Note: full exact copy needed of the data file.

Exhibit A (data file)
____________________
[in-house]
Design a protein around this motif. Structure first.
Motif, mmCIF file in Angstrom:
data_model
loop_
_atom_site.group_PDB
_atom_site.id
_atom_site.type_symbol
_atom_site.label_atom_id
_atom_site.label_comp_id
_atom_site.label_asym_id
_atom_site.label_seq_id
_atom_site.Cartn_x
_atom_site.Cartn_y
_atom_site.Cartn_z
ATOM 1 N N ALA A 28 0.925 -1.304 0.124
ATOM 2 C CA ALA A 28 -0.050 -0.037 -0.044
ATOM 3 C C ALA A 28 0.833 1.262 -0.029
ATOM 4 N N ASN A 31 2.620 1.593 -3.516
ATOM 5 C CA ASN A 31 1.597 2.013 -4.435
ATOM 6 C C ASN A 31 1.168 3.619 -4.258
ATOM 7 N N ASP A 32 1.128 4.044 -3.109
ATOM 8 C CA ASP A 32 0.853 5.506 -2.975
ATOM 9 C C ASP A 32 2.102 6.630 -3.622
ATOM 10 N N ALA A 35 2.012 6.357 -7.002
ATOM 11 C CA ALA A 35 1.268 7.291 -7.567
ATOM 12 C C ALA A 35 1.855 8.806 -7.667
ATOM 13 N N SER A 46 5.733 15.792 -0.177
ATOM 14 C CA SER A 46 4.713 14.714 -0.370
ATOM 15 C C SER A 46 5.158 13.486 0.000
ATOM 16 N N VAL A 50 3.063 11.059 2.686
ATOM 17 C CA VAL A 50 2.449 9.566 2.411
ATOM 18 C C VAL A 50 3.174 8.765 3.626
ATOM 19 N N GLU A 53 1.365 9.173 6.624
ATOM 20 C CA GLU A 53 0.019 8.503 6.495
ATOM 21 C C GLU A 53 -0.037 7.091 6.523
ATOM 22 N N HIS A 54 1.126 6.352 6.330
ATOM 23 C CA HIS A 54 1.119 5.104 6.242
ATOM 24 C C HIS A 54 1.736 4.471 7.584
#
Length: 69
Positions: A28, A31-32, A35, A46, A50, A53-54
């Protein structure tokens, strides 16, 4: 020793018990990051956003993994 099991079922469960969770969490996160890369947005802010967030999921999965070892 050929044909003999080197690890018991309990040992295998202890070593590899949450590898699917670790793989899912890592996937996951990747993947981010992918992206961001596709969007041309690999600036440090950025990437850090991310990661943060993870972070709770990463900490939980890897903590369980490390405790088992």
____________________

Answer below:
[in-house]
Design a protein around this motif. Structure first.
Motif, mmCIF file in Angstrom:
data_model
loop_
_atom_site.group_PDB
_atom_site.id
_atom_site.type_symbol
_atom_site.label_atom_id
_atom_site.label_comp_id
_atom_site.label_asym_id
_atom_site.label_seq_id
_atom_site.Cartn_x
_atom_site.Cartn_y
_atom_site.Cartn_z
ATOM 1 N N ALA A 28 0.925 -1.304 0.124
ATOM 2 C CA ALA A 28 -0.050 -0.037 -0.044
ATOM 3 C C ALA A 28 0.833 1.262 -0.029
ATOM 4 N N ASN A 31 2.620 1.593 -3.516
ATOM 5 C CA ASN A 31 1.597 2.013 -4.435
ATOM 6 C C ASN A 31 1.168 3.619 -4.258
ATOM 7 N N ASP A 32 1.128 4.044 -3.109
ATOM 8 C CA ASP A 32 0.853 5.506 -2.975
ATOM 9 C C ASP A 32 2.102 6.630 -3.622
ATOM 10 N N ALA A 35 2.012 6.357 -7.002
ATOM 11 C CA ALA A 35 1.268 7.291 -7.567
ATOM 12 C C ALA A 35 1.855 8.806 -7.667
ATOM 13 N N SER A 46 5.733 15.792 -0.177
ATOM 14 C CA SER A 46 4.713 14.714 -0.370
ATOM 15 C C SER A 46 5.158 13.486 0.000
ATOM 16 N N VAL A 50 3.063 11.059 2.686
ATOM 17 C CA VAL A 50 2.449 9.566 2.411
ATOM 18 C C VAL A 50 3.174 8.765 3.626
ATOM 19 N N GLU A 53 1.365 9.173 6.624
ATOM 20 C CA GLU A 53 0.019 8.503 6.495
ATOM 21 C C GLU A 53 -0.037 7.091 6.523
ATOM 22 N N HIS A 54 1.126 6.352 6.330
ATOM 23 C CA HIS A 54 1.119 5.104 6.242
ATOM 24 C C HIS A 54 1.736 4.471 7.584
#
Length: 69
Positions: A28, A31-32, A35, A46, A50, A53-54
């Protein structure tokens, strides 16, 4: 020793018990990051956003993994 099991079922469960969770969490996160890369947005802010967030999921999965070892 050929044909003999080197690890018991309990040992295998202890070593590899949450590898699917670790793989899912890592996937996951990747993947981010992918992206961001596709969007041309690999600036440090950025990437850090991310990661943060993870972070709770990463900490939980890897903590369980490390405790088992």